Despite the rise in confirmed cases of COVID-19 among Goshen College athletic teams, the men’s and women’s cross country teams have continued their season as planned.The men’s cross country team was off to an impressive start in the early portion of the season, finishing sixth of 18 teams at Indiana Wesleyan University’s Twilight Classic back on Sep. 11. First-year GC runner Nelson Kemboi nearly broke into the record books with an impressive time of 26:12 on the nearly five-mile course.
To crack the top 50, Kemboi would need to hit 25:57.2.
After almost a month of inactivity due to cancellations and rescheduling, the men’s team was back on the course Oct. 10 at the Seminole Valley College Stampede in Cedar Rapids, IA, where they finished 11th out of 25 teams.
The Maple Leafs’ average final run time was 27:50, with a final score of 324. The Maple Leafs finished with one runner inside the top fifty at 42nd place, closely followed by 55, 69, 71 and 87.
The Goshen women’s cross country team has fared well so far, finishing 12th of 18th at the IWU Twilight Classic. The women were able to compete in an additional meet, the Ray Bullock Invitational at Taylor University on Sept. 18, where they finished 7th of 14 teams.
The Maple Leafs success can partially be attributed to first-year star, Summer Cooper, who slashed more than a minute off of her first time at the Ray Bullock Invitational to finish the 3.11 mile course at 19:18.
But the first-year wasn’t done making a splash just yet, as nearly a month later at the women’s Seminole Valley Stampede, Cooper shaved off even more time, finishing with the fastest time by a Goshen College first-year since 2007 at 18 minutes, 59 seconds. Cooper finished 16th overall in the race.
Cooper is excited about her early success.
“It feels great to be doing well early on, and our coach says that he’s working on getting better runners, so the success is going to just keep going and going,” Cooper said.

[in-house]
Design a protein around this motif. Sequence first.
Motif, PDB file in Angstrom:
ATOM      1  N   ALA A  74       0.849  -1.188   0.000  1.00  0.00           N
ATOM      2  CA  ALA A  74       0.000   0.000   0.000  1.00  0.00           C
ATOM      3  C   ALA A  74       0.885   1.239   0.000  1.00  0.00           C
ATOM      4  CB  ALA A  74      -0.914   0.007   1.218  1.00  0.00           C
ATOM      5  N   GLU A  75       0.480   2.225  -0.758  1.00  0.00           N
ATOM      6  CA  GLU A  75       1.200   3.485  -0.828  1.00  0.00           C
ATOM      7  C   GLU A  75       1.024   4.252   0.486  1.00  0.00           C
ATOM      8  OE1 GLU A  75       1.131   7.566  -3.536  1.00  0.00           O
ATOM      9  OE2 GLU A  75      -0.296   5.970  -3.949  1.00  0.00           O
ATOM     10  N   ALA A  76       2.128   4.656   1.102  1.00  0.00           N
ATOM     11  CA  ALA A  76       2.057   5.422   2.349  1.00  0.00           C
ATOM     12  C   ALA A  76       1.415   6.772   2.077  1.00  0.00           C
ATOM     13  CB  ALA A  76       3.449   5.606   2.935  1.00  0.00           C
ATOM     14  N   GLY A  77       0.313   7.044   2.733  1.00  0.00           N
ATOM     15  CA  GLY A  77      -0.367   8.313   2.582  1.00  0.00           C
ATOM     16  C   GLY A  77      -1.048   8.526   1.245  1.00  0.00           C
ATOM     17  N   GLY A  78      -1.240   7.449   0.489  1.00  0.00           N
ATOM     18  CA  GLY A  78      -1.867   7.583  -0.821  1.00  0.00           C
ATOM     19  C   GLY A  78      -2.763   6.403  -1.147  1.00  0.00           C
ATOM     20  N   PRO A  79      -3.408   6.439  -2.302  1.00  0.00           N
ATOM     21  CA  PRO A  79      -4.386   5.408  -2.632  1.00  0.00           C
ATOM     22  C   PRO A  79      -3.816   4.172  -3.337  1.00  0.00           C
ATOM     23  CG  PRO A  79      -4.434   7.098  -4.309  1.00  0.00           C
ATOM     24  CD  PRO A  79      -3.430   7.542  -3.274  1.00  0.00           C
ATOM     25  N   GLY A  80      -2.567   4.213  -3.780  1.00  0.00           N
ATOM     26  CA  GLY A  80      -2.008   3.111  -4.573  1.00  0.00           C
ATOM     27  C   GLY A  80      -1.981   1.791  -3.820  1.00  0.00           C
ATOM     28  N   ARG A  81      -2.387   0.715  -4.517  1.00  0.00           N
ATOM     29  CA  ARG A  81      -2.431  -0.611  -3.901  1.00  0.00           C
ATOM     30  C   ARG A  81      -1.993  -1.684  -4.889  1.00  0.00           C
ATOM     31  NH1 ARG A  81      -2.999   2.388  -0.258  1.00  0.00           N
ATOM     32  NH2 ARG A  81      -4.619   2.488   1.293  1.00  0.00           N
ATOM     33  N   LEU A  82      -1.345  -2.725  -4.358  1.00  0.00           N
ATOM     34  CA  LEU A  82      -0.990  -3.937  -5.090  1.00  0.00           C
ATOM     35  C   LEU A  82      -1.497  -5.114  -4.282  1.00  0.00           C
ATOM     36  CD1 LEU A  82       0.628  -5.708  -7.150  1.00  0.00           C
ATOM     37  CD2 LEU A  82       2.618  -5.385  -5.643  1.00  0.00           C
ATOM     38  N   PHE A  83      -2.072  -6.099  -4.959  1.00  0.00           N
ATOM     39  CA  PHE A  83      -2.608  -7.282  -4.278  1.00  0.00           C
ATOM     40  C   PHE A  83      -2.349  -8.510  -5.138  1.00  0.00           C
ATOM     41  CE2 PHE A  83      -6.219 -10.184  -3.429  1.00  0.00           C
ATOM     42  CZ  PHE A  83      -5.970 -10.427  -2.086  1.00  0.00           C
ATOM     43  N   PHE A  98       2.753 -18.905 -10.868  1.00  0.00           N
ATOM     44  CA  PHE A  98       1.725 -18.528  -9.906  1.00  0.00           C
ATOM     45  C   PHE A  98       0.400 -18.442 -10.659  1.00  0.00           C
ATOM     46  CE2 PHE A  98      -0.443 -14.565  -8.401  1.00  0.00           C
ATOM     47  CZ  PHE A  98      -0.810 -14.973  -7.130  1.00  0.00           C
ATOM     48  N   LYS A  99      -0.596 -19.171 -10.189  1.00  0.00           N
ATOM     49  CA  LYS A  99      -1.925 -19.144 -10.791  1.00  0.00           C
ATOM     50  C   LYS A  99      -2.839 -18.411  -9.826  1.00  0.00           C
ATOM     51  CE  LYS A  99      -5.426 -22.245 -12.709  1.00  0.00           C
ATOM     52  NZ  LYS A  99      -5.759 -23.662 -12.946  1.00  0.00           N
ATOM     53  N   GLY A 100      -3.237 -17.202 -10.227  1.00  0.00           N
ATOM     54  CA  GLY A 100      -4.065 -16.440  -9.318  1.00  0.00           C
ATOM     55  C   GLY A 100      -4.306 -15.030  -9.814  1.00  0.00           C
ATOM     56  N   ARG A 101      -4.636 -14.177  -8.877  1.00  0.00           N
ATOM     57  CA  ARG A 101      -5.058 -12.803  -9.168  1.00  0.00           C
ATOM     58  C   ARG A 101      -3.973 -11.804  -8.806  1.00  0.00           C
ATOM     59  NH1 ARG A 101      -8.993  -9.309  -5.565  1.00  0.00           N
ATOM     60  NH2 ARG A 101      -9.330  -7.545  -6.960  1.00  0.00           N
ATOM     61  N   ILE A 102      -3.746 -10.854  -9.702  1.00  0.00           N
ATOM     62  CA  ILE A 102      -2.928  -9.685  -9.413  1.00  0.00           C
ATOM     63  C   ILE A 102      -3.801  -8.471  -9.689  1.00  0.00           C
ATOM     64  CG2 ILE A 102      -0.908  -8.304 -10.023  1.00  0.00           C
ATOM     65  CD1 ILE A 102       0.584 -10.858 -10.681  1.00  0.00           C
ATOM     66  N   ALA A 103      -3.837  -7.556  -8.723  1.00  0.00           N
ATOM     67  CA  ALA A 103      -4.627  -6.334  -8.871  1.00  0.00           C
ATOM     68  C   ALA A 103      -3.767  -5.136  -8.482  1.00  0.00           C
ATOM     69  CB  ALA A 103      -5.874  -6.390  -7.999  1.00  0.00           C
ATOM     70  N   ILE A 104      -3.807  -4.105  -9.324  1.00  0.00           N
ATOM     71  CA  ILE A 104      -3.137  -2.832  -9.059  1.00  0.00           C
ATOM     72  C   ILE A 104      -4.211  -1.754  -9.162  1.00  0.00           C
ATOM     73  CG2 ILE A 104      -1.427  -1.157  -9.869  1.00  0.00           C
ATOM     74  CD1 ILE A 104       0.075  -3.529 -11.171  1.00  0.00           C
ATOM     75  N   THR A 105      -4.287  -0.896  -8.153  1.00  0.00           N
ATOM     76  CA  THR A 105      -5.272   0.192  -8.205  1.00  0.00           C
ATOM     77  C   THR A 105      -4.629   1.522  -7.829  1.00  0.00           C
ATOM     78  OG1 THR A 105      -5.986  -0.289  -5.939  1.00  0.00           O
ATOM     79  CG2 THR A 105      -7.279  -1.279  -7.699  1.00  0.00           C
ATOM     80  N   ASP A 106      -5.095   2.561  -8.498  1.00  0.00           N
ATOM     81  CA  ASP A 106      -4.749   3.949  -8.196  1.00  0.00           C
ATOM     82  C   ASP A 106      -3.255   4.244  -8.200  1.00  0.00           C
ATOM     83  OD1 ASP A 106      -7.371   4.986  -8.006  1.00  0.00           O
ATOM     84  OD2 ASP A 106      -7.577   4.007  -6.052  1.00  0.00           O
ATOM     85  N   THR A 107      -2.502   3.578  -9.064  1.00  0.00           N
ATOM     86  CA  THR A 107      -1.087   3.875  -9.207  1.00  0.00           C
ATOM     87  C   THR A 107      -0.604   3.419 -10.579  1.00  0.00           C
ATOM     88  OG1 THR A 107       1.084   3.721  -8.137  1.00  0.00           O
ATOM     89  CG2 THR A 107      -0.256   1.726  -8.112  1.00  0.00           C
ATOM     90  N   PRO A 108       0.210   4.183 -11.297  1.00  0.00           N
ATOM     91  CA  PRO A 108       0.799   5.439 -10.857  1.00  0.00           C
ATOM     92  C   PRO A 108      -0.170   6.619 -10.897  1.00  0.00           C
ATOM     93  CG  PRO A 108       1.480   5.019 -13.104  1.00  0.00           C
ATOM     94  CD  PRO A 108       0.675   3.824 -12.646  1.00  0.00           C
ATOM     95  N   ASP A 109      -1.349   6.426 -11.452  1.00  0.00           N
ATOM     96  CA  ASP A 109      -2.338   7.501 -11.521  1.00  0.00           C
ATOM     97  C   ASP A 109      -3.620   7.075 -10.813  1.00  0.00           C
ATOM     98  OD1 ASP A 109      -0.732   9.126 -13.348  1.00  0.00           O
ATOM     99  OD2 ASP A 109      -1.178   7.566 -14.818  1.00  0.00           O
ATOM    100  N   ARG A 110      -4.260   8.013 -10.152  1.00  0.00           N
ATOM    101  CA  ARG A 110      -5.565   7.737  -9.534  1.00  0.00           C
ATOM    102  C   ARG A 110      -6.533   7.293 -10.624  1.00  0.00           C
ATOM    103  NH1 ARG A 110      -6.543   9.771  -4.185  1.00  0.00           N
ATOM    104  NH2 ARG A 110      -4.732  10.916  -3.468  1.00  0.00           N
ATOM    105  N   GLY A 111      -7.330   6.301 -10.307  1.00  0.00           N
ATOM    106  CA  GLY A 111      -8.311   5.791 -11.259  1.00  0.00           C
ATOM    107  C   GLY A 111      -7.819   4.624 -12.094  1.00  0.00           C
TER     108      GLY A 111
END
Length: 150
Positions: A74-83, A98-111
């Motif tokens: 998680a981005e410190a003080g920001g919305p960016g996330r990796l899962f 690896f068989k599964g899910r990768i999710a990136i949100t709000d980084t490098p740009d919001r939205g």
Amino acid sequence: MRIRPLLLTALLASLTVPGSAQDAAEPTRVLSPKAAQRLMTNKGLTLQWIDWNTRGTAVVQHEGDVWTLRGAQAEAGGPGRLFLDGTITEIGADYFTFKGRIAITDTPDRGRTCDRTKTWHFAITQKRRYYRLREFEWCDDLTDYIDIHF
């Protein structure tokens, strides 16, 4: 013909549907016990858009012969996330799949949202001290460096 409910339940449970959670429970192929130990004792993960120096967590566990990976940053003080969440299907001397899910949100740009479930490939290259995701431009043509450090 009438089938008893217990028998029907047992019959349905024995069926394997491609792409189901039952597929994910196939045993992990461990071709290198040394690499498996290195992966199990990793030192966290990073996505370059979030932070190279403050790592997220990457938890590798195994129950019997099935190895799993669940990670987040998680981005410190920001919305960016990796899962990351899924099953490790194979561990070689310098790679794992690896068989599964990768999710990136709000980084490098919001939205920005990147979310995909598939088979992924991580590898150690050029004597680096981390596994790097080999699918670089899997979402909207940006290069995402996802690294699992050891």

According to Cooper, an intensified training regimen and motivation from her fellow teammates has been an important factor in her early success as a runner. One workout in particular has stood out as a difficult development, an exercise called “the pyramid.”
The pyramid is a series of runs, starting with a 400 meter, 800 meter and one mile run. Once the one mile run is complete, the series starts over again in a descending order.
Cooper sites the pyramid as one of the main training differences between high school and collegiate level cross country.
“Distance has also changed a lot for training, the exercises have gotten a lot more aggressive,” she said.
One of Cooper’s main motivators and running mates this season has been Annika Fisher, who finished second on the team for the Maple Leafs at their latest invitational with a 56th place finish at 20:19.
“We run together, we push each in workouts, and it helps out a lot.” said Cooper, who also mentioned that while she has achieved success early on, she still has goals to reach this season.
“I’d really liked to be somewhere in the 18:30’s range by the end of the season, just keep working.” she said.
The men’s and women’s cross country coach Rustin Nyce acknowledged Cooper’s impact on the team’s success.
“Summer is running really well. She is a great teammate. She is encouraging to others on the team and keeps things quite fun,” said Nyce. “The women’s team is doing a great job as a whole. It is exciting that they are young and performing so well. It makes for a bright future.”
Both the mens and womens teams will be back in action, barring any cancellations, at the Midwest Cross Country challenge at Taylor University on Oct. 24.